It was not easy to locate specific Harwood paintings, but Williams persevered. "Every lead I got took me to another one," he said. As the May exhibit date approached, he had successfully matched up over a dozen photographs with their paintings.

Some of the works on display are "Blowing Soap Bubbles," "Learning to Scratch" and "Becky and Dick Almond."

Artist and historian Will South was truly excited about the discovery of the negatives. He indicated that these lost-and-found photos have added greater insights into Harwood and his art.

South has done extensive research on the life of J.T. Harwood. In fact, he wrote a 100-page catalog about the artist that accompanied a traveling retrospective exhibition during 1987 and 1988.

Williams gives special thanks to those who lent Harwood paintings for the show - Museum of Church History and Art, Springville Museum of Art, Utah Museum of Fine Arts, Utah Arts Council, and about a dozen private sources.

This fascinating show continues through Friday, May 17 at Williams Fine Art, 175 W. 200 South, Suite 2011 (534-0331). Gallery hours are noon to 5 p.m.

- You don't have to pack your bags and spend a lot of money to travel to the Pacific Northwest and England. Just take the escalator at Crossroads Plaza to level three, walk down the east concourse and enter Basil's.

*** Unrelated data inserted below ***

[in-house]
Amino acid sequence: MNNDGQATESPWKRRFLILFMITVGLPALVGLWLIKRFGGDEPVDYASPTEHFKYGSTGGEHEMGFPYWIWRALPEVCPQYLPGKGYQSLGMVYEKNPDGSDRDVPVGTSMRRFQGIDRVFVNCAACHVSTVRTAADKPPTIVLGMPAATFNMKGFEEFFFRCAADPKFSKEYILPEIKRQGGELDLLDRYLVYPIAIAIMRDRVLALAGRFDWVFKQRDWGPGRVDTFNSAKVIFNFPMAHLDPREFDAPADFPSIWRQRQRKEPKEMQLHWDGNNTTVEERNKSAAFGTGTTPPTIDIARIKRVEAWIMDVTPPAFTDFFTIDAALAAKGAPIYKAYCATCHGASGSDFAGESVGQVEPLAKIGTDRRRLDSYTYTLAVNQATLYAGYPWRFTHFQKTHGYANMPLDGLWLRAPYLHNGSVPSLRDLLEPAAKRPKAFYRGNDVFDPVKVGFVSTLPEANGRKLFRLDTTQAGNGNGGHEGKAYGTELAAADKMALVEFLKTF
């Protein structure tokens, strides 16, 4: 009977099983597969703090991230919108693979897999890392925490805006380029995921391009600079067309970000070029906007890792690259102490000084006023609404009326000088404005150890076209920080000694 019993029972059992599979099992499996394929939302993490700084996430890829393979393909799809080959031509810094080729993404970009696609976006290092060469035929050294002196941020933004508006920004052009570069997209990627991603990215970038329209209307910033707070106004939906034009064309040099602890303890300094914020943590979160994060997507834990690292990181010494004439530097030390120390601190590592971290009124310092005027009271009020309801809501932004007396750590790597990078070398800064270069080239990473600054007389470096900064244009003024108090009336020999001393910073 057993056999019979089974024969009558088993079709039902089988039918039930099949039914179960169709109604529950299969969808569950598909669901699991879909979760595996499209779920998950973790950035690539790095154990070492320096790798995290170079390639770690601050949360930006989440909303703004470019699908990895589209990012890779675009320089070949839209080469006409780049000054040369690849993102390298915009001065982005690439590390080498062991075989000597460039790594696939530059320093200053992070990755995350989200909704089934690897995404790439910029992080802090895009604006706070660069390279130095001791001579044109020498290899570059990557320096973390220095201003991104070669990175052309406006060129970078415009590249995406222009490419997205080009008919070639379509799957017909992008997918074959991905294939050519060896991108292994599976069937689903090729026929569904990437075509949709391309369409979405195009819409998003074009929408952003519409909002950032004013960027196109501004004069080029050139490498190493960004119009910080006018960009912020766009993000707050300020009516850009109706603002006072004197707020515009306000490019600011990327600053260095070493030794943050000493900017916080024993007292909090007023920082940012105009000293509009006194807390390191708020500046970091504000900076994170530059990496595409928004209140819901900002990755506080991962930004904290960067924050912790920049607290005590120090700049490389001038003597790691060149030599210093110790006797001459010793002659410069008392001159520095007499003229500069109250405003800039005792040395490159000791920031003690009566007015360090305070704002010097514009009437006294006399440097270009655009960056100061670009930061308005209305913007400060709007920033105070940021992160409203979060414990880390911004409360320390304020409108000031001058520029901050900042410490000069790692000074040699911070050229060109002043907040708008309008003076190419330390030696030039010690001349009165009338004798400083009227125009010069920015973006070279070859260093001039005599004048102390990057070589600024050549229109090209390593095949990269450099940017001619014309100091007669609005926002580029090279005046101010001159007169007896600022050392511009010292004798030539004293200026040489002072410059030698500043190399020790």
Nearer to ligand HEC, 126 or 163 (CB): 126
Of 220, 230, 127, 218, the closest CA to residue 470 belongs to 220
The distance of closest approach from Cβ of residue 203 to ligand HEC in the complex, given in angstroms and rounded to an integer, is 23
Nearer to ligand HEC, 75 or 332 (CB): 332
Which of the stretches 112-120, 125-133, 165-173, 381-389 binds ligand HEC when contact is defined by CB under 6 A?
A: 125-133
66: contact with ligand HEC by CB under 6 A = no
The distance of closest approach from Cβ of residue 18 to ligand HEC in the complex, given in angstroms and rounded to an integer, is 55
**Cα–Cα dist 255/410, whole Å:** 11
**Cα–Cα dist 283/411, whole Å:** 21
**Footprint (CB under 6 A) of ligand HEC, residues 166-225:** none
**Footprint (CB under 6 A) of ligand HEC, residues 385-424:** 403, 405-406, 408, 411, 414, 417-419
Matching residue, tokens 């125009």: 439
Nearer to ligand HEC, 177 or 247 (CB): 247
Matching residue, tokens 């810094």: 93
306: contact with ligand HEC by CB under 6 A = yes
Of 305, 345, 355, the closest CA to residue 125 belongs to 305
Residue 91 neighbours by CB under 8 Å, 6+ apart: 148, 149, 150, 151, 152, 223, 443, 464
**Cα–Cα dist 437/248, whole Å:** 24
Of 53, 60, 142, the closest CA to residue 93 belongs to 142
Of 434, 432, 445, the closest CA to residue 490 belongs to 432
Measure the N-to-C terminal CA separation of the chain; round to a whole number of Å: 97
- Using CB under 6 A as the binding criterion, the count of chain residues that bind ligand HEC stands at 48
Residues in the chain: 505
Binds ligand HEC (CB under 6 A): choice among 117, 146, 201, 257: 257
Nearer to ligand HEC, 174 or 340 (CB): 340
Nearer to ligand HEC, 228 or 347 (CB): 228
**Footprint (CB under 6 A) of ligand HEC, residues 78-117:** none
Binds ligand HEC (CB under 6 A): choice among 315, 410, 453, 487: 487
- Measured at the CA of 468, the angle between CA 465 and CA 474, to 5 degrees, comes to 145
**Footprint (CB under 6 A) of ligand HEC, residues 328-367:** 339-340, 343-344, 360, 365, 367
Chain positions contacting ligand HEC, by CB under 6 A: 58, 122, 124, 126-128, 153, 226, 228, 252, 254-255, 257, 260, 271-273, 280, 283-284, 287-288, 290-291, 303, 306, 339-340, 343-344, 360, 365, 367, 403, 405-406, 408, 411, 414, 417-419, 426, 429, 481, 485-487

Ian Ramsay has traveled to all of the above places. Fascinated by rural and harbor scenes, he sketched them, photographed them and, upon returning to his Utah studio, painted them.

People have a hard time believing it when Ramsay says he's a self-taught watercolorist. But it's true.

He had limited exposure to watercolor while attending high school and when pursuing an MA degree in architecture at the University of Utah.

After graduating, he returned to England (he was born in Farnborough, Kent, England) where he worked as an architect for 21/2 years. Working close to London's Victoria and Albert Museum, he visited there often and became enamored with the watercolor sketches of Turner and Constable, as well as works by English painter Roland Hilder.

After getting married in 1975, he and his bride came to Utah where, over a four-year period, he worked for several architect firms.

Suddenly, in 1979, Ramsay made a big decision. He quit his job to paint full-time.

And 12 years later, he's still afloat.

During those years, he has accumulated quite a following. If you don't believe me, count the number of paintings that have sold in his current show at Basil's.

Don't ask him to paint a duplicate of one that's sold. "I hardly ever paint the same subject twice, and never from the same point of view." He said that some people don't think of realistic artists as "complete artists - just picture painters." And he's proving them wrong.

Although Ramsay works from his own sketches and photographs, he isn't a slave to what he sees in them. He adds objects, deletes others, and moves things around to improve the composition.

To make sure that his paintings are not peaceful, he often opts to include grey, ominous clouds. "I never paint a plain blue sky," he said.

Three local galleries carry Ramsay's watercolors - Basil's, Brushworks, and the Main Street Limited in the Hilton Hotel. He is also represented in five out-of-state galleries - three in Lake Tahoe, one in Sun Valley and one in Carmel.

His art will remain at Basil's through May. Store hours are 10 a.m. to 9 p.m. Monday through Friday, 10 a.m. to 6 p.m. on Saturday; and noon to 5 p.m. on Sunday. For details, call 355-1012.